After graduating from high school, Osborne followed her sisters in pursuing a career in teaching. Teaching was not a profession that suited her. She eventually went to live with her brother; hoping to pursue a career in dentistry. Already a dentist, her brother did not think the field suited her and encouraged her to pursue employment in nursing. Desperate for students, she was accepted on the spot when she applied. Osborne was particularly interested in obstetrics. In 1923, After completing the nursing program she achieved the highest score in the state on the nursing exam.
Osborne persevered in her new profession despite working in an environment where she was overlooked for positions for which she was more qualified than her white co-workers. Other staff also refused to consult with her even in her areas of expertise; preferring instead to speak with white nurses. Osborne would eventually go on to become president of the National Association of Colored Graduate Nurses. One of her goals as a leader of this organization was to eliminate the need for separate organizations. She achieved her goal in 1946 when the American Nursing Association began to integrate its membership.
Osborne played a key role through her leadership in advocating to address the racism and discrimination faced by black nurses.
Osborne felt compelled to seek additional education and applied for a Rosenwald Fund Scholarship. At the time no African American nurse had ever received a nursing fellowship. Osborne chose to resign from her job even before hearing that she had received the fellowship. With funding from the fellowship, she was the first African American nurse to earn a Master’s Degree in nursing 1931.
After completing a nursing assignment for the Rosenwald Fellowship, she accepted the position of Director of Education for Freedman’s Hospital in Washington DC. She was the first African American woman to hold this position. Osborne would also take a leadership role with the National Nursing Council for War Service. In this role, she would be tasked with exploring how black nurses could be integrated into the armed services in anticipation of World War II.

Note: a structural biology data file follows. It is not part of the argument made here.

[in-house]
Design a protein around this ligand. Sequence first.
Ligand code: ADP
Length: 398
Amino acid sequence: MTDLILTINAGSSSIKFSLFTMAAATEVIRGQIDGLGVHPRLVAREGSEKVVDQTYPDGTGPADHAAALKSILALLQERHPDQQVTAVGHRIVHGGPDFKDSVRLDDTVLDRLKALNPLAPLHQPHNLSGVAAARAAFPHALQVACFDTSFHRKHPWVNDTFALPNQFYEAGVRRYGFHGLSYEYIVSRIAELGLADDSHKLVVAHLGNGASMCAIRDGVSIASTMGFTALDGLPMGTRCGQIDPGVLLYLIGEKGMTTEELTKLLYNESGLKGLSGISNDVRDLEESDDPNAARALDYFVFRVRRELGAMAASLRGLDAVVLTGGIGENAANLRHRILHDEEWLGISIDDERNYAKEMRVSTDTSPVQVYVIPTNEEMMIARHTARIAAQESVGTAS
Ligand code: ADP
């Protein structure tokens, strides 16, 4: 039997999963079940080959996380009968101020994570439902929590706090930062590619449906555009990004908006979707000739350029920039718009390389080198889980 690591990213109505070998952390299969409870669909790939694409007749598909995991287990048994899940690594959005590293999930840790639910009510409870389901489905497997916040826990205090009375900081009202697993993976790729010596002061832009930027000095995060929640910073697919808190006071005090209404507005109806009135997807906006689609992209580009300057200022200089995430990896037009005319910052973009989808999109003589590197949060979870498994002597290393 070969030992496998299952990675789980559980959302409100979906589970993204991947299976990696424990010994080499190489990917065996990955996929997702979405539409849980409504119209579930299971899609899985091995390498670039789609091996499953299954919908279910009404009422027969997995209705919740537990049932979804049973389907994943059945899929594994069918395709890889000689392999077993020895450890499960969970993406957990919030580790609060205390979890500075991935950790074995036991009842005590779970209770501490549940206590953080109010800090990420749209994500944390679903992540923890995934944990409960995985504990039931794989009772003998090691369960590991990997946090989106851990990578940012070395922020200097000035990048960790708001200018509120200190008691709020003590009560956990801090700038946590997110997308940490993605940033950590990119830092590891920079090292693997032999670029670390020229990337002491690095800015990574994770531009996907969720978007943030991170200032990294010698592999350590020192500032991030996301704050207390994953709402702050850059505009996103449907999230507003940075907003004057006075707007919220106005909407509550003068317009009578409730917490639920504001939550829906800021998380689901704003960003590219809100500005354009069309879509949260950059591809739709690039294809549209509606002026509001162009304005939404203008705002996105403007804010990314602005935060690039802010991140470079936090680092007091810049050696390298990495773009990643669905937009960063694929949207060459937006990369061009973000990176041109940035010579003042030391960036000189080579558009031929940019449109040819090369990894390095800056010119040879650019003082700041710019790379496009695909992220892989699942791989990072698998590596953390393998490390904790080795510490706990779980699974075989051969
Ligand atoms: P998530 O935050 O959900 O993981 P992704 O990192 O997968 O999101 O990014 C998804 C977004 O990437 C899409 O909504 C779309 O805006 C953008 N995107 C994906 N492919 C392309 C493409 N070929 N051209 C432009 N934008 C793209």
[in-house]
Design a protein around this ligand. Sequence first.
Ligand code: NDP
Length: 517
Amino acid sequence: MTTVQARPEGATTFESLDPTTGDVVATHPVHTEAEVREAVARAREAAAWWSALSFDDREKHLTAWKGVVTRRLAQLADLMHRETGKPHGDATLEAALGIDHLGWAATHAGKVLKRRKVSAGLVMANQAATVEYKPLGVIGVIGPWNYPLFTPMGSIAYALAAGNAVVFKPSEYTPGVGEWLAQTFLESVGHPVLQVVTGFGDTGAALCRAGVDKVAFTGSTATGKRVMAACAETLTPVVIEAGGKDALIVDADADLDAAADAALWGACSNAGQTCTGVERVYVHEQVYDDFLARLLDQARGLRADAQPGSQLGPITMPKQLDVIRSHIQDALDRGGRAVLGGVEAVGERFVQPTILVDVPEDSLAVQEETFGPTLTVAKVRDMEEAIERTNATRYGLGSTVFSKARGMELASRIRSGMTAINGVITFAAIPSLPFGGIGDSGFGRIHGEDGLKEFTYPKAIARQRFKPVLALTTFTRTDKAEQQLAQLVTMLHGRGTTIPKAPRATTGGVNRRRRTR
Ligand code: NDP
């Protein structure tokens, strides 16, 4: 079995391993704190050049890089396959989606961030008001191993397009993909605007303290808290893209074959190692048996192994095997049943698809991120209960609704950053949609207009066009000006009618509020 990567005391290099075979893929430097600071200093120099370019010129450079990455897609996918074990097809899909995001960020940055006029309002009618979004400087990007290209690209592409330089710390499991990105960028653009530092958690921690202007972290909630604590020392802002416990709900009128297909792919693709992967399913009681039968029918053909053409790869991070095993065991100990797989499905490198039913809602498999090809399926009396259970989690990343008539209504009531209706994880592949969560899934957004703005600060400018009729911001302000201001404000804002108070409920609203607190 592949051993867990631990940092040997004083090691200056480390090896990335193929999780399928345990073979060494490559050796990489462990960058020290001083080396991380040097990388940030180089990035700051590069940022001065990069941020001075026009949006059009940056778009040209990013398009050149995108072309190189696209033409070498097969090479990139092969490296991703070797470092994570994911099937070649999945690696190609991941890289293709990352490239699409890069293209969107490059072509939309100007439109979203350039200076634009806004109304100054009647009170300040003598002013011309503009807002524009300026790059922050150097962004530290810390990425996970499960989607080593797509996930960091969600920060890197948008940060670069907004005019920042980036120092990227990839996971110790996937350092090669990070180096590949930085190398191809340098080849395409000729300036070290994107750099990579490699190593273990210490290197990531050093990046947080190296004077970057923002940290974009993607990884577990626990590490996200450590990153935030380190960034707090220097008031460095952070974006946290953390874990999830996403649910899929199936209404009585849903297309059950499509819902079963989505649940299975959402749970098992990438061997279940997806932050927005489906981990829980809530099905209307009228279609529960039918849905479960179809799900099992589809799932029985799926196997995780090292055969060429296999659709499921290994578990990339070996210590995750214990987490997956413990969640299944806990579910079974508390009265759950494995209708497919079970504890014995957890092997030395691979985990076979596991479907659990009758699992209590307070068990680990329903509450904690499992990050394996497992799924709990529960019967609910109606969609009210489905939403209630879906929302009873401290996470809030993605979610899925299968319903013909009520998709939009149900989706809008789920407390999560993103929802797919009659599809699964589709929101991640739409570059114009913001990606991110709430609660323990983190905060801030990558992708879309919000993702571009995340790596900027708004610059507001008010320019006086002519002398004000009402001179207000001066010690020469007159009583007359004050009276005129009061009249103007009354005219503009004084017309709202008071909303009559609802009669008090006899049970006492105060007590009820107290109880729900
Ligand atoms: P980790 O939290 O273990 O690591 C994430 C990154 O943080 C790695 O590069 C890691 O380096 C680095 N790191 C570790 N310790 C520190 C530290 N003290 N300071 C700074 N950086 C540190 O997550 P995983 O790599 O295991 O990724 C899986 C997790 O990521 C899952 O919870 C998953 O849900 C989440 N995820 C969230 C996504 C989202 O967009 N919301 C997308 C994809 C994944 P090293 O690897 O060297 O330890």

Osborne worked diligently to get the armed forces to change their practices while also working with nursing schools to admit more students of color. Two years later the number of training schools went from 14 to 38 while the number of nurses of color in the Army doubled and the Navy finally began to admit black nurses as well, though at nowhere near the rate of the Army. Following World War II, Osborne joined the Board of Directors of the American Nursing Association from 1948-1952 (another first for an African American woman). She then served as the Assistant Director and then Director of the National League For Nursing (1954-1959).
Not much is known about the remaining years of this trailblazers life. She died in 1981.
Delta Sigma Theta Sorority was founded on January 13, 1913 by 22 African American women at Howard University. DST was the only African American women’s organization to participate in the historic march for women’s suffrage that took place in Washington DC.
March organizers did not want black women to participate. They were told to march in back of the procession. African American anti-lynching activist Ida B. Wells Barnett, also a member of Delta Sigma Theta, to march in the back of the procession with her sorority sisters. Instead she joined the delegation of white women from her home state of Illinois refusing. Bravo to the ladies of Delta Sigma Theta for their activism past, present, and future.
The National Negro Bowling Association (NNBA) was founded on August 20, 1939 in Detroit, MI. At that time, the majority of bowling organizations did not allow blacks to become members. In many cases it was actually written into the constitution of organizations that only whites could be members. The NNBA held its first tournament in Cleveland, OH in 1939 which featured teams from Ohio, Michigan, Indiana, and Wisconsin. There was representation from other states as well. However, bowlers from Cleveland, Chicago, and Detroit dominated the association until the 1950’s.